Hurley Haywood is one of the most accomplished sports car and endurance drivers in racing. After being drafted and serving in Vietnam, Haywood immediately went out and became a championship racer. A three-time winner of the 24 Hours of Le Mans, a five-time 24 Hours of Daytona winner and two-time winner of the 12 Hours of Sebring, Haywood is certainly one of the best ever.
Haywood is also a very private person, and while his homosexuality was known in the racing community among his teammates and competitors, it didn’t seem as important to him to divulge that to the general public. But after doing an interview with a gay high school student, the 69-year-old Haywood was inspired to write his autobiography and reveal that he is indeed gay.
The young man, Haywood recalls, “was very professional. He sat down, started the interview, and he was asking some really good questions.”
“But halfway through, he just stopped cold. And he said, ‘I have been bullied my entire life. Every morning when I wake up, I think about suicide. I have absolutely no respect for myself.’”
The young man was gay, and he knew Haywood was gay, too.
Haywood has never publicly come out until now, but it was not a well-kept secret in the racing community.
Immediately, Haywood turned from interviewee to counselor. “I said, ‘Listen, it’s not what you are, it’s who you are. That’s what people remember.’” The conversation continued. And when it ended, Haywood says he felt pretty good about how it had gone.
But then, about a year and a half later, a woman called Haywood. “You don’t know me,” she said, “but you gave my son an interview about racing, and…”
“Immediately I thought, ‘Oh, God. What’s happened?’”
Then the young man’s mother said, “You saved my son’s life.”
Knowing that, Haywood thought that maybe by coming out, he could help others who might be struggling and may not have had the kind of support system he has had in his life. And so, Hurley: From the Beginning is set to go on sale in March while a documentary that’s produced by Grey’s Anatomy star and former sports car owner/driver Patrick Dempsey is seeking a broadcast partner.
Haywood has had a deeper understanding of mental health ever since his friend and driving partner Peter Gregg killed himself in 1980. After suffering permanent vision problems from an automobile accident, Gregg had a falling out with Haywood and Haywood today felt Gregg couldn’t accept being forced to end his racing career. Suffering from manic depression and growing up knowing his mother killed herself on his seventh birthday, Gregg shot himself a week after getting married and a day after seeing Haywood for the first time in six months. Included was a note that read, “I just don’t enjoy life anymore. I must have the right to end it.”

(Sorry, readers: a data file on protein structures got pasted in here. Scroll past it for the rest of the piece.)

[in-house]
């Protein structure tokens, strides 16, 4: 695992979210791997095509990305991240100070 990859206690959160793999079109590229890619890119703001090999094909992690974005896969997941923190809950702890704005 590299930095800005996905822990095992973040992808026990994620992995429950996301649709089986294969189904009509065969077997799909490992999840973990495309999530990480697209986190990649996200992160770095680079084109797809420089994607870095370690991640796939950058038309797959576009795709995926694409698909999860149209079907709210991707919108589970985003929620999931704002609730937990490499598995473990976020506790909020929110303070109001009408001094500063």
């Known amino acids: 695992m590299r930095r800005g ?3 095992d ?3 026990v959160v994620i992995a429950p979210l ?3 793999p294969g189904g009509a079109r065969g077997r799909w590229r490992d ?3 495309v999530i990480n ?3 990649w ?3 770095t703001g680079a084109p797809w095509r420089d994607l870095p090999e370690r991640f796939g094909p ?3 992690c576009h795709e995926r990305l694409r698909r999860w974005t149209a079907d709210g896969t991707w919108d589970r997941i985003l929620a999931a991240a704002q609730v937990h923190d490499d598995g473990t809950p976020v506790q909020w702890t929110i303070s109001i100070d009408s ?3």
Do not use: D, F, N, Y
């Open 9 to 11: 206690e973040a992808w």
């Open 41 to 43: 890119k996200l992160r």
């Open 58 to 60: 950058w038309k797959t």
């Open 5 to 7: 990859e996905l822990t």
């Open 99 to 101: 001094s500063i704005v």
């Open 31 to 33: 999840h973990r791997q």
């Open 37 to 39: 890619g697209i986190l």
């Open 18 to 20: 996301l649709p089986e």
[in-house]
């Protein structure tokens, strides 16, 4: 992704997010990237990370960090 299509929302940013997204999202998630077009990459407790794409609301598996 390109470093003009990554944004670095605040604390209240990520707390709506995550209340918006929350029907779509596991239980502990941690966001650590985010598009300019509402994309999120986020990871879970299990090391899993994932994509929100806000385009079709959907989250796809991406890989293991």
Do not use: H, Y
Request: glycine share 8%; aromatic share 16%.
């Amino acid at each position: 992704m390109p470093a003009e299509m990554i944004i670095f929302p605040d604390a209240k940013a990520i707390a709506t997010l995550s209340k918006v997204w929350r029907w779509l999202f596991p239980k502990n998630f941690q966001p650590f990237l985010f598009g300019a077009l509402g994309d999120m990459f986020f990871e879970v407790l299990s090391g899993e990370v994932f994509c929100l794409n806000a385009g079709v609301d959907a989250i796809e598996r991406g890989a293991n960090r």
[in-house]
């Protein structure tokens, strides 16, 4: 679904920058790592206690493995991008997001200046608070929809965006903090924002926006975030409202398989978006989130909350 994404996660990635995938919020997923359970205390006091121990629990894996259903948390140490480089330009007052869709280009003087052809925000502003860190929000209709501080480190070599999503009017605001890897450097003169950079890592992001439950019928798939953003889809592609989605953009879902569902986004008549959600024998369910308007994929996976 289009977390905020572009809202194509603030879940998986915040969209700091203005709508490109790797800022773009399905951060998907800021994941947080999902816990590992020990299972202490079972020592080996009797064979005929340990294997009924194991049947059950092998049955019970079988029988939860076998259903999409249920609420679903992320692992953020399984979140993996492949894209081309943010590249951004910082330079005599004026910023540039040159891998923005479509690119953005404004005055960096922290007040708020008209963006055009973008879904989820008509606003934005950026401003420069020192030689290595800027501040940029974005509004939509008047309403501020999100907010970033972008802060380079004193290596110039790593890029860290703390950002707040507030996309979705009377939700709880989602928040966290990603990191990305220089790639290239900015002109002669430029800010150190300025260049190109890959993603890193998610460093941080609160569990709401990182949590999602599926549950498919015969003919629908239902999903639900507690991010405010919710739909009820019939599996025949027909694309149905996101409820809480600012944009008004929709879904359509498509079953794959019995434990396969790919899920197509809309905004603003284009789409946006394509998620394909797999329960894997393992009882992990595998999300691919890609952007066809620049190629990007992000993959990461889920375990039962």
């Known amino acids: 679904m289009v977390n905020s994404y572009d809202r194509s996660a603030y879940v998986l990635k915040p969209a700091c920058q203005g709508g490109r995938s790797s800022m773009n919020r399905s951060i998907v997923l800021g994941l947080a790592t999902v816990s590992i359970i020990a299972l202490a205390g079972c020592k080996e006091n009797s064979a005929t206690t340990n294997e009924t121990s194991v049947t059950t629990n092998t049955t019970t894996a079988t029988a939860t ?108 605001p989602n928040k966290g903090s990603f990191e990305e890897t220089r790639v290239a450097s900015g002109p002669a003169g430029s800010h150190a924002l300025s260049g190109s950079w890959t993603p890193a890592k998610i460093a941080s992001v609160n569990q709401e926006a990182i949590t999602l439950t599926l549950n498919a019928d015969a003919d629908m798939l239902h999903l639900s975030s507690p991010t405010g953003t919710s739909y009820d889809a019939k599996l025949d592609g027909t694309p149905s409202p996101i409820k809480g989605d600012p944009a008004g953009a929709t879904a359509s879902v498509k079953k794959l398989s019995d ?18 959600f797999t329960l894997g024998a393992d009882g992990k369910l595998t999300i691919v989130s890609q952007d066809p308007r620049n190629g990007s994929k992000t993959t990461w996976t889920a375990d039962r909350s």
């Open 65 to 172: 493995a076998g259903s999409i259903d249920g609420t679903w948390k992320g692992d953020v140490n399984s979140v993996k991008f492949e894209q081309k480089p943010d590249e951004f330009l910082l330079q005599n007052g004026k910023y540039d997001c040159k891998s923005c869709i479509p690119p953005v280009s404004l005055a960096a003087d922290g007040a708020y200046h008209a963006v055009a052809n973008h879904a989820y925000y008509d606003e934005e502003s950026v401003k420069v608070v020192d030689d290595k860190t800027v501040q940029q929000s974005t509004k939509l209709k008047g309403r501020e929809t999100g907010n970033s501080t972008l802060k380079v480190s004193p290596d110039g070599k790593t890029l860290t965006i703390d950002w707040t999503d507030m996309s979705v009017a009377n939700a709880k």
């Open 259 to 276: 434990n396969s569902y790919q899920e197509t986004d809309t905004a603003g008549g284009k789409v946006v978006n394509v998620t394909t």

In a sport that one would think would have stereotypically negative views on homosexuality, Haywood noted that he has always had major support from the garage. “The racing community has been extremely supportive. I’ve never not gotten a ride because I was gay.”
But at the same time, Haywood also realized that he was one of the lucky ones who had a great support system and realized that many gay people haven’t been as fortunate.
“When I grew up, life seemed simpler” Haywood said. “Kids didn’t have all these distractions. Now, there’s so much more competition, so much more peer pressure. The suicide rate is just out of control. Bullying is out of control.
“And the way our leaders talk — they’re bullies, too. It trickles down. We need more people to stand up and say, ‘Enough is enough.’”
Every time someone famous comes out, and anybody reports on that or anyone writes a post on that, there’s always a few comments that will say similar things. I know that there will be some replies to this story on social media and in the comments section that will say, “Why is this news?” “Who cares if _________ is gay.” “I don’t care if _________ is gay. Why are you making a big deal out of this?”
Stories like this is why it’s still a big deal when someone famous comes out. Maybe it actually doesn’t affect you that someone you likely never met revealed he was gay. But when people stop being bullied due to their sexuality, when people stop being killed due to their sexuality, when people stop committing suicide because they think their sexuality is somehow bad or evil or immoral and feel it’s somehow their fault, that’s when it’ll stop being a big deal. If Hurley Haywood’s story helps one person be happy and proud of who they are, coming out is worth it.
[Autoweek/Photo: The Drive]